Several years ago, Mackey Mitchell became involved with Community of Hope School, a Guatemalan Catholic school, through a local St. Louis missionary program. It was then that we were introduced to Father Sergio, the visionary behind the Community of Hope School. His mission began after encountering local families living at the Cobán City trash dump. Knowing he “could not just do nothing”, Fr. Sergio, along with others, built and operated a small school on the grounds of the dump promising a safe environment and nutritious meals. It now serves a K-12 population, mostly of indigenous Mayans; all students are accepted tuition-free. During a visit, Father Sergio mentioned that while donations and volunteer-work from their American sister church are invaluable, they lacked space for prayer and celebration; therefore, the idea for having a chapel was born.
Father Sergio was in search of an architect to design the chapel, emphasizing that money is tight as teachers sometimes go without pay so students eat. With a site available, but few funds, MMA volunteered to design a chapel that incorporates local economic materials and vernacular techniques, including utilizing prevailing winds and available light. A site for the chapel was selected on an elevated wedge-shaped plot nestled within the campus. The new chapel will include seating for one hundred people, a sacristy for Mass supplies and vestments, a small multi-purpose room to be used for reconciliation, restrooms, an entrance porch to provide shelter from the sun and rain, and an outdoor garden.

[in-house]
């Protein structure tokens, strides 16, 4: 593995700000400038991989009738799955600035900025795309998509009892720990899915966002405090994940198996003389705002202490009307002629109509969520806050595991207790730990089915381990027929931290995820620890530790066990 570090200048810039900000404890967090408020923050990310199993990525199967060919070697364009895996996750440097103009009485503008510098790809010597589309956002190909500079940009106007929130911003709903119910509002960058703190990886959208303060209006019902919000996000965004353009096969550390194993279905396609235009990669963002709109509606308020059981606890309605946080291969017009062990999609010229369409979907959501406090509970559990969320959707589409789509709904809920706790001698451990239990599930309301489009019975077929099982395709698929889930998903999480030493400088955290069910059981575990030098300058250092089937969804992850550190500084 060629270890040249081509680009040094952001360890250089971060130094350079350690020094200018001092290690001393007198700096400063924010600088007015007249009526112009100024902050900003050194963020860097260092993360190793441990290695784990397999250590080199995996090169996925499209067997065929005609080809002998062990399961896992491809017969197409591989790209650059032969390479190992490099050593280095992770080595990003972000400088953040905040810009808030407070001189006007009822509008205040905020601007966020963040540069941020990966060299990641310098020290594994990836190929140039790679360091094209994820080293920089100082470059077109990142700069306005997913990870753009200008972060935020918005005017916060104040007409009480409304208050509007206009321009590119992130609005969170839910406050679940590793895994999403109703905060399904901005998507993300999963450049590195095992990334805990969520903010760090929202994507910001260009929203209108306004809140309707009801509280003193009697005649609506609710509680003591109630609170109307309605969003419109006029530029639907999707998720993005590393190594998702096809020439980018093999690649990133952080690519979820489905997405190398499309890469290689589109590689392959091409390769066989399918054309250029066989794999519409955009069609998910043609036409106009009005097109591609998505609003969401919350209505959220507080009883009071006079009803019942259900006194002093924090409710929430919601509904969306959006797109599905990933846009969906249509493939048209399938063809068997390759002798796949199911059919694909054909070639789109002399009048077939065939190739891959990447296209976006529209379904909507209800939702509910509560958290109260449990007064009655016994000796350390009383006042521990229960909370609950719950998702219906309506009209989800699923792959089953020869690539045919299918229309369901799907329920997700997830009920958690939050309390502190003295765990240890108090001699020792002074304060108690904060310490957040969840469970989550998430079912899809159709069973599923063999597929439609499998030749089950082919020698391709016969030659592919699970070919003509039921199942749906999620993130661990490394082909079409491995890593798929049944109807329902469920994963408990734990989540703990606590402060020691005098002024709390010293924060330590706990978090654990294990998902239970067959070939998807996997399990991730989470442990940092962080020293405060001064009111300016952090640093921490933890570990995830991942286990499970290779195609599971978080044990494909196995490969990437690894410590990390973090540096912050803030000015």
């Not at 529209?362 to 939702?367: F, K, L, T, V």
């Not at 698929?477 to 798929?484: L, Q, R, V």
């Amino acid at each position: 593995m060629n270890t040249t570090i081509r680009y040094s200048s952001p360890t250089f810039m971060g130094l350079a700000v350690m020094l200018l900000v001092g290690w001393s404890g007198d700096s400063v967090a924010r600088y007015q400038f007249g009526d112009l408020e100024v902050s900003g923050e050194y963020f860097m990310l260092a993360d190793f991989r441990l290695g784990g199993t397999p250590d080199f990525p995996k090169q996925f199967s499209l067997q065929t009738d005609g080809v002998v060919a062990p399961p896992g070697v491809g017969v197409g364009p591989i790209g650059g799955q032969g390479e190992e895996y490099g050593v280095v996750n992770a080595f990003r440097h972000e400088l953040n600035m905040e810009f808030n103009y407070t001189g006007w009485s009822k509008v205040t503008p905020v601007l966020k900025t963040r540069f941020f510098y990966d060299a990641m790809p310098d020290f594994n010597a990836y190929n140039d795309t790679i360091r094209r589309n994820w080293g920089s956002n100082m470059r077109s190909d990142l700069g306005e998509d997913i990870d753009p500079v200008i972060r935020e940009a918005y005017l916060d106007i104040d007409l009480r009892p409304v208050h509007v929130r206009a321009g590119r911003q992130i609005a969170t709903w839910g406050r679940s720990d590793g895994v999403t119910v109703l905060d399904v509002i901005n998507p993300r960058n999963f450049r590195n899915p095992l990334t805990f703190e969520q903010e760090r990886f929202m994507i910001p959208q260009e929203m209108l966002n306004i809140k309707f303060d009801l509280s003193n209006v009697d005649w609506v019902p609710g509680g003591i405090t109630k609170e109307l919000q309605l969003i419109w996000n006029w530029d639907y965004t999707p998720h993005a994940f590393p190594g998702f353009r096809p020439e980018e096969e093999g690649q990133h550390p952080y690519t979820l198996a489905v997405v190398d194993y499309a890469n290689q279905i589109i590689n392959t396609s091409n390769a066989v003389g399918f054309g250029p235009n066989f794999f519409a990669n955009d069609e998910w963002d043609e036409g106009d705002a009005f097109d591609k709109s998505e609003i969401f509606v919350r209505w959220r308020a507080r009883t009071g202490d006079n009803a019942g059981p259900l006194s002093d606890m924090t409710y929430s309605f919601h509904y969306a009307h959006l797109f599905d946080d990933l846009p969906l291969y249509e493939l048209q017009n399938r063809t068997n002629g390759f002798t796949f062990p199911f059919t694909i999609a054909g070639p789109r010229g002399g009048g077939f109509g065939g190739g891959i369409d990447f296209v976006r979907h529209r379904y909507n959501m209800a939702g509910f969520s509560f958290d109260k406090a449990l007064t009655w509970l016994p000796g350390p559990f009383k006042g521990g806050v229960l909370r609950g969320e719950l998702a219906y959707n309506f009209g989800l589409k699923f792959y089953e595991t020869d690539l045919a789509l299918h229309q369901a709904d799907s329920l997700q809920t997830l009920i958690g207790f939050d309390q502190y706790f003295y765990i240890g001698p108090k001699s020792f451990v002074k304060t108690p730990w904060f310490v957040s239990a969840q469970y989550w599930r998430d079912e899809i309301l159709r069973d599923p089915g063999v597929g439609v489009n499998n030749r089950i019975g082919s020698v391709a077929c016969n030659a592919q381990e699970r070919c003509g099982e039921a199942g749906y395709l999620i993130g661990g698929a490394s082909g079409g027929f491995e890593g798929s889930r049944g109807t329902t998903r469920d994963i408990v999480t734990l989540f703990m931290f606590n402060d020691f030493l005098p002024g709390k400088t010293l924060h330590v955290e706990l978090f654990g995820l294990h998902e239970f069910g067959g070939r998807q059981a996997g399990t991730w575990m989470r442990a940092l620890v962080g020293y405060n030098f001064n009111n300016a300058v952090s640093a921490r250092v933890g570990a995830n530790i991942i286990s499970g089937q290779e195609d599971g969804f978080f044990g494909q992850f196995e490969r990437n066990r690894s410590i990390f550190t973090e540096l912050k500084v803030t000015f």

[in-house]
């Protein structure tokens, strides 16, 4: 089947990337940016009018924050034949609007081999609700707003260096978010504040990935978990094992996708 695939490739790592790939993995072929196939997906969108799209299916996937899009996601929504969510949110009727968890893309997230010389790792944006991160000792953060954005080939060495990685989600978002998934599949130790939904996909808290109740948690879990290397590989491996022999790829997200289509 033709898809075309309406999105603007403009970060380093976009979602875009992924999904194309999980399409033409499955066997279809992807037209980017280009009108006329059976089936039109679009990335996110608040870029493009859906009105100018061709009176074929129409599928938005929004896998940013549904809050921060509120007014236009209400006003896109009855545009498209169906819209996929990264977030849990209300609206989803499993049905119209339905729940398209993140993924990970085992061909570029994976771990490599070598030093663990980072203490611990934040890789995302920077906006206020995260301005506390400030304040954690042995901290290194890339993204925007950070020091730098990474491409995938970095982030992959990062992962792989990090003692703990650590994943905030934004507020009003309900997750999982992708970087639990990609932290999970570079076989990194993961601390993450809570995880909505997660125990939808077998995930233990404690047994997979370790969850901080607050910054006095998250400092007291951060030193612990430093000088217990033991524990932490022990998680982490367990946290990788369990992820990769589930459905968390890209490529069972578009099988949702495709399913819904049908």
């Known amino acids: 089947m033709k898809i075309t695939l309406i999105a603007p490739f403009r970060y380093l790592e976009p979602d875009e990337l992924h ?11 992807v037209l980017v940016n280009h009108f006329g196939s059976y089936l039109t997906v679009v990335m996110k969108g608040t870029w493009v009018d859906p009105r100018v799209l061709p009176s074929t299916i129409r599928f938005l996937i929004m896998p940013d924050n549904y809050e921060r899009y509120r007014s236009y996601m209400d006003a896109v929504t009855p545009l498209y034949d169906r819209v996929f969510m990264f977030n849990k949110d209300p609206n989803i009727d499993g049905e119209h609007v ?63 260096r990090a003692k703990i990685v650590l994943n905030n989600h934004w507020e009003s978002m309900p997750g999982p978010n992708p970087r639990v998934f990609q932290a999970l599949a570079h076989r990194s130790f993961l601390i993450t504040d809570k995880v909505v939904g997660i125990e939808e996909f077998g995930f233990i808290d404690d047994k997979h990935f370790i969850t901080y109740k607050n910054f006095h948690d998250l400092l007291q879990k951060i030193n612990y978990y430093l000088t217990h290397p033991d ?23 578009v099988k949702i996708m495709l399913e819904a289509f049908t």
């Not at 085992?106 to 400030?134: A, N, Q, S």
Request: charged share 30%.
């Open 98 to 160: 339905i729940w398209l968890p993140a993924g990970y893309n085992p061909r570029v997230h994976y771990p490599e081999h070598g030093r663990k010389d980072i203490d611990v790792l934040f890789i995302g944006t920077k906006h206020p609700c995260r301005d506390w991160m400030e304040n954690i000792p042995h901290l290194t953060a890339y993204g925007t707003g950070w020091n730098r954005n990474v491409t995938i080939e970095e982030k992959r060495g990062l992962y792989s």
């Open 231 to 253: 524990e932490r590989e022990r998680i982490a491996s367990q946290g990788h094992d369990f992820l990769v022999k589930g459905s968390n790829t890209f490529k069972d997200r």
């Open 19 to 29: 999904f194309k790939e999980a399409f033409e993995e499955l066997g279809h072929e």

Our design builds on the drama of the site and reinforces the chapel as a beacon of hope, while utilizing economic materials and vernacular techniques. In this area, construction is primarily load-bearing CMU walls with steel-framed roofs clad in corrugated metal. Because of the elevation, temperatures are mild and few buildings are air-conditioned or enclosed. Wanting to extend the local dialect, the design playfully uses CMU block to capture prevailing winds. Light, instead of ornament, is used to beautify. When complete, the chapel will function as a peaceful place of worship as well as a lively gathering space for the community.
Knowing that this chapel is going to be a symbol of joy and hope for a community has made the whole design team approach this project with deep enthusiasm and energy.
- Christina Henning
Architect, Mackey Mitchell Architects